Prevention IS the cure but lifestyle change is not the path to REAL "prevention" ... THAT will come when science figures out how to stop a cancer cell from triggering into the disease that we (all of us with breast cancer dx's) deal with for the rest of our lives. I so appreciate your validating comment, Alli and thanks again for taking the time to share it with me.

    You have a great holiday, too..... I agree. 2012. We are gathering steam and I set my expectations high.

    Best to you, my friend,

  3. AnneMarie, you know my story! I was living a healthy life at 27, and don't have the breast cancer gene mutation...why did I get cancer? I may never know, and there's no way I could have prevented it. Looking forward to the Happy Happy Joy Joy post!

  4. Hi, Anne Marie, I'm so pleased to meet you today! I appreciate this post sooooo much.

    My mama died of metastasized breast cancer on Oct. 23, 1971... 2 months before that Cancer Act was signed... before there was the technology that there is today (that may or may not have saved her life or might have even made her dying more comfortable)... before there was all this pinkness that makes me think of a huge Pepto Bismol spill... before I even had a chance to really get to know her AS my mama. Fast forward to now and I have a lovely stepmom (she married my dad in December 1985 - it took him that long to let another woman into his life)... a wonderful dear woman who found out in the summer of 2010 that she had breast cancer... and who now is also dealing with the possibility that the cancer has metastasized. My stepmom has tried to do all the right things, and yet, here we are with her having brain and spine MRIs and other tests being done this morning. I can totally relate to Debbie Downer because I think right now I'm Diana Depressed (I have my own health issues AND I am caregiver for my disabled husband). I've been following the #BCSM on Twitter since it began, and I've read tons and TONS of (breast) cancer research articles and related items over the past 40 years (FORTY YEARS since my mama died)... and I'm furious that I see no real strides in getting a grip on this thing. I'm not good at putting into words the things I want to say in relation to the problems that exist on this subject, so I applaud and support the folks, such as you, who ARE able to do that. THANK YOU, dear, for saying what a lot of patients - and their family members - are feeling and thinking.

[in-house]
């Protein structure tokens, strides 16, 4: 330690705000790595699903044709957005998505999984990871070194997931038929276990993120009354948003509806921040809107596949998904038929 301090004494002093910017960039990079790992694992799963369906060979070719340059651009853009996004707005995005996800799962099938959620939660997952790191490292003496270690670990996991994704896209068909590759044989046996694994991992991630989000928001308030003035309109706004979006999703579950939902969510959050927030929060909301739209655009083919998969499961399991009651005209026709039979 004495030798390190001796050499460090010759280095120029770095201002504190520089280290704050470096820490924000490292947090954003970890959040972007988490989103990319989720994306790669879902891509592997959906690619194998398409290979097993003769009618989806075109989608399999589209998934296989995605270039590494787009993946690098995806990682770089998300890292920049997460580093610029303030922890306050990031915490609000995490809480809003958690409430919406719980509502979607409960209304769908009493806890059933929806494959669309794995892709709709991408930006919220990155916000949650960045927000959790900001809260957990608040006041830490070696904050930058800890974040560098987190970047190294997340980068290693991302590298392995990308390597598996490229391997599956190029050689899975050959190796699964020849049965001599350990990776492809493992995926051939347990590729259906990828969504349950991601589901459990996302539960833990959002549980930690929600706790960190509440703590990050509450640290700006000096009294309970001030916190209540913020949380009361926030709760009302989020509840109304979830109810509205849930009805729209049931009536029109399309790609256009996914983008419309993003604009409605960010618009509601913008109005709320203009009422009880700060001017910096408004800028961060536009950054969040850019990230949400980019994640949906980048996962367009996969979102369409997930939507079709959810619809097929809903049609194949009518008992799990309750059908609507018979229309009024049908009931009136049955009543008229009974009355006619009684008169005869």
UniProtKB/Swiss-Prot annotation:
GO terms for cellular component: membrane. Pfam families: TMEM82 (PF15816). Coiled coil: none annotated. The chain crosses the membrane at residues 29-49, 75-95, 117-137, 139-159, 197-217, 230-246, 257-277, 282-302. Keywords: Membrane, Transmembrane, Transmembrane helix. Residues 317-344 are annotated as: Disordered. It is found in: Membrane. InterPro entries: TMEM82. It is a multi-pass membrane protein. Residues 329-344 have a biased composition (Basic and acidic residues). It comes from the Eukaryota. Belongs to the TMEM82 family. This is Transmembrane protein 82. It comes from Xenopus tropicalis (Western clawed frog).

Blessings and good wishes to you for Christmas!

  5. Diana,
    I am so glad to meet you today, too. Reading your post brought me to tears. I'm sure you will mourn for your mama for the rest of your life. I can't even imagine how your dad must feel-it's got to be like walking backwards into his own nightmare. Thank you for sharing your story. This is PRECISELY why I felt I had to write this. Your own life experiences tell the story-complete with the actual dates. I was irate when I realized my mom and I had the same basic treatment (if this is your first visit to the blog, go to the October 26th entry which shows the differences in treatment). It has to stop. It's time for everyone to get on the SAME bandwagon. That's how it will happen. THANK YOU for such kind words.